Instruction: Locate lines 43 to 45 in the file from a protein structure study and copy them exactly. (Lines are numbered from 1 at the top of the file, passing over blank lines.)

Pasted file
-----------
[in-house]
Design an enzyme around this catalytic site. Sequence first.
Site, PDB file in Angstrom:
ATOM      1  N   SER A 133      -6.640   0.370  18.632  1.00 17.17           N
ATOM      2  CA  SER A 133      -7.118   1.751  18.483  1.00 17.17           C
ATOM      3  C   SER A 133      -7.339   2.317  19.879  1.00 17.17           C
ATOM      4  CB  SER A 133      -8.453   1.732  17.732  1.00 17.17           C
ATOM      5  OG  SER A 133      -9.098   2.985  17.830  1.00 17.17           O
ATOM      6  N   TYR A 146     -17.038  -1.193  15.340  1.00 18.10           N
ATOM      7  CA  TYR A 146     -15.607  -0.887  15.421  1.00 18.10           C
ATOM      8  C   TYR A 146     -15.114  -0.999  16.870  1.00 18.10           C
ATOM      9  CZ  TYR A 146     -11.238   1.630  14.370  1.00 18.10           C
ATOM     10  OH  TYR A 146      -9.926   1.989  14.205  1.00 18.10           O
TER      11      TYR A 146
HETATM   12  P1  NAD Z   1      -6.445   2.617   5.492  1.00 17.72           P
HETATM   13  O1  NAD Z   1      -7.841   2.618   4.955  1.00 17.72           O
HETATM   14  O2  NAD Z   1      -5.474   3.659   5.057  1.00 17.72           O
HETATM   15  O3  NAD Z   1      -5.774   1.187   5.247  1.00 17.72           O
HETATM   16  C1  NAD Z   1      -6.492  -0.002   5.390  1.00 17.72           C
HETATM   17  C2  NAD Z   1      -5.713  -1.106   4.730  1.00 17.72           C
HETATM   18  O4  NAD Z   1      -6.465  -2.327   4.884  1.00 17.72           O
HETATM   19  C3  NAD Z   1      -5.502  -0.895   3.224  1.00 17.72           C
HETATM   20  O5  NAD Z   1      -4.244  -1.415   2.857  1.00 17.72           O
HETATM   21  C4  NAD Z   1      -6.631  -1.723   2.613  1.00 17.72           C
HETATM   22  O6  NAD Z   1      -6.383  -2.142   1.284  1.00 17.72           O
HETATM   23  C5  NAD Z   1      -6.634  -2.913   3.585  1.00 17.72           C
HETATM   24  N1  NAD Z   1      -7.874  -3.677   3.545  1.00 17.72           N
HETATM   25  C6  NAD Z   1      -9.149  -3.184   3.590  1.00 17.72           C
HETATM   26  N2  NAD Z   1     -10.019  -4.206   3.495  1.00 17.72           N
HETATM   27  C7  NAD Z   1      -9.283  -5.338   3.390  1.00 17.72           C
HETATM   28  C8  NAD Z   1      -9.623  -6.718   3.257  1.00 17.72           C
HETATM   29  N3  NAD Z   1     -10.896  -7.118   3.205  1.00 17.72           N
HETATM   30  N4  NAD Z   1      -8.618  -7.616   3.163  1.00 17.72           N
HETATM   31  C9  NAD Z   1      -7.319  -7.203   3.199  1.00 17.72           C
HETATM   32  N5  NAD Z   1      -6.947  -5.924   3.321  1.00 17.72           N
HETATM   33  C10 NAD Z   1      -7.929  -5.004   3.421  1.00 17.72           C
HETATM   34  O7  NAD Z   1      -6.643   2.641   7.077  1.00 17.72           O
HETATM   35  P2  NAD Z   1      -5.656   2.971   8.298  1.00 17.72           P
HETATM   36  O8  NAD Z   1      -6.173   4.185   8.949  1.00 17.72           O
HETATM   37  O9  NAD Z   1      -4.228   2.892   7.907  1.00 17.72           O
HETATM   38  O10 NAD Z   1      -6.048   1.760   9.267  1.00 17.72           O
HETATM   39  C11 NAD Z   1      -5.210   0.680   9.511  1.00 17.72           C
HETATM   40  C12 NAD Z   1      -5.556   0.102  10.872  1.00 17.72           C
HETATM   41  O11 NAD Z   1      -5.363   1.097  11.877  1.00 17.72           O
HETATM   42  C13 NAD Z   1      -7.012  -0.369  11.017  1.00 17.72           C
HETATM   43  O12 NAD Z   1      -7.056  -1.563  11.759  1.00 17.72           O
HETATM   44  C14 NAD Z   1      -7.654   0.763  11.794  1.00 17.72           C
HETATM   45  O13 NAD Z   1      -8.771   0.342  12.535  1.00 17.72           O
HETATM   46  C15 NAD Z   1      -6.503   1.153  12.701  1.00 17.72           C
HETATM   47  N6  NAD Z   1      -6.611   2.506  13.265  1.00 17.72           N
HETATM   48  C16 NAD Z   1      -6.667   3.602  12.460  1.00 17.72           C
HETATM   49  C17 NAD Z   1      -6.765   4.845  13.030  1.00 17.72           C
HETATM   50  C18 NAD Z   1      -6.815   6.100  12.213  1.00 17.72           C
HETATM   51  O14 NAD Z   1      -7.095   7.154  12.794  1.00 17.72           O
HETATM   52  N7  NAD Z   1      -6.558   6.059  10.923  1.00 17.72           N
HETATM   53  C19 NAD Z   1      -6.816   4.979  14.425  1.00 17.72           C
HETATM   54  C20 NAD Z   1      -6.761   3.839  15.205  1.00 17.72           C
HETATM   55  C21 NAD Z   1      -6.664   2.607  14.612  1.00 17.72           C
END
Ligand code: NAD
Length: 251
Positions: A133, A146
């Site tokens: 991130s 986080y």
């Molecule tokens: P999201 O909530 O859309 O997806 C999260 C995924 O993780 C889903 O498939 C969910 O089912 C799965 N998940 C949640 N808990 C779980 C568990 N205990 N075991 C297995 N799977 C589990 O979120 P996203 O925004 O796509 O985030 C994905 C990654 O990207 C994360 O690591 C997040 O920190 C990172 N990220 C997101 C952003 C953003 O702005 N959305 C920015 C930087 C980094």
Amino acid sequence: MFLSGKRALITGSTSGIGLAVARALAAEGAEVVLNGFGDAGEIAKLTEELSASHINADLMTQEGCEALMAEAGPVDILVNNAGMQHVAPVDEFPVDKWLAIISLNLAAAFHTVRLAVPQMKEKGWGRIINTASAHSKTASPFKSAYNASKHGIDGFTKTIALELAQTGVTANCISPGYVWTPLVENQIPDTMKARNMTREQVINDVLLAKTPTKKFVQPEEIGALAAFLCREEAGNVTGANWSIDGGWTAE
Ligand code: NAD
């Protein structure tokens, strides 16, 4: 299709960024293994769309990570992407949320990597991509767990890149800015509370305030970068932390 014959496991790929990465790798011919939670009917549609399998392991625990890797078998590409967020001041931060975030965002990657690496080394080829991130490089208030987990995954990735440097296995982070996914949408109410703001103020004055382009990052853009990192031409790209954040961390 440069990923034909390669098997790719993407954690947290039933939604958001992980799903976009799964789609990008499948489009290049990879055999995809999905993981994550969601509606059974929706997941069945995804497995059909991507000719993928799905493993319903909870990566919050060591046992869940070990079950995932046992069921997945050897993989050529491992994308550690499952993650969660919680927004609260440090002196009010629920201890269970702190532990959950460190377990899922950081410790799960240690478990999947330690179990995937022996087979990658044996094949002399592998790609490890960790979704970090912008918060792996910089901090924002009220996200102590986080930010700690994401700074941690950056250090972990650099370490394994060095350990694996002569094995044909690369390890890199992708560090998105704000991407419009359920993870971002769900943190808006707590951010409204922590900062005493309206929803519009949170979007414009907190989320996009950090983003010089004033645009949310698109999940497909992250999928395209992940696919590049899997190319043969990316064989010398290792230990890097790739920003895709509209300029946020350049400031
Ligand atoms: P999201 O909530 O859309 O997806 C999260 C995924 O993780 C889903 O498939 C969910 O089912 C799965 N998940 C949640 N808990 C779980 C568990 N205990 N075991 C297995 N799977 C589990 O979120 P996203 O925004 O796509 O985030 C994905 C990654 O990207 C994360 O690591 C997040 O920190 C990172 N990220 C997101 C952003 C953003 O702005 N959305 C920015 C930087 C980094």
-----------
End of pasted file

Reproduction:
HETATM   40  C12 NAD Z   1      -5.556   0.102  10.872  1.00 17.72           C
HETATM   41  O11 NAD Z   1      -5.363   1.097  11.877  1.00 17.72           O
HETATM   42  C13 NAD Z   1      -7.012  -0.369  11.017  1.00 17.72           C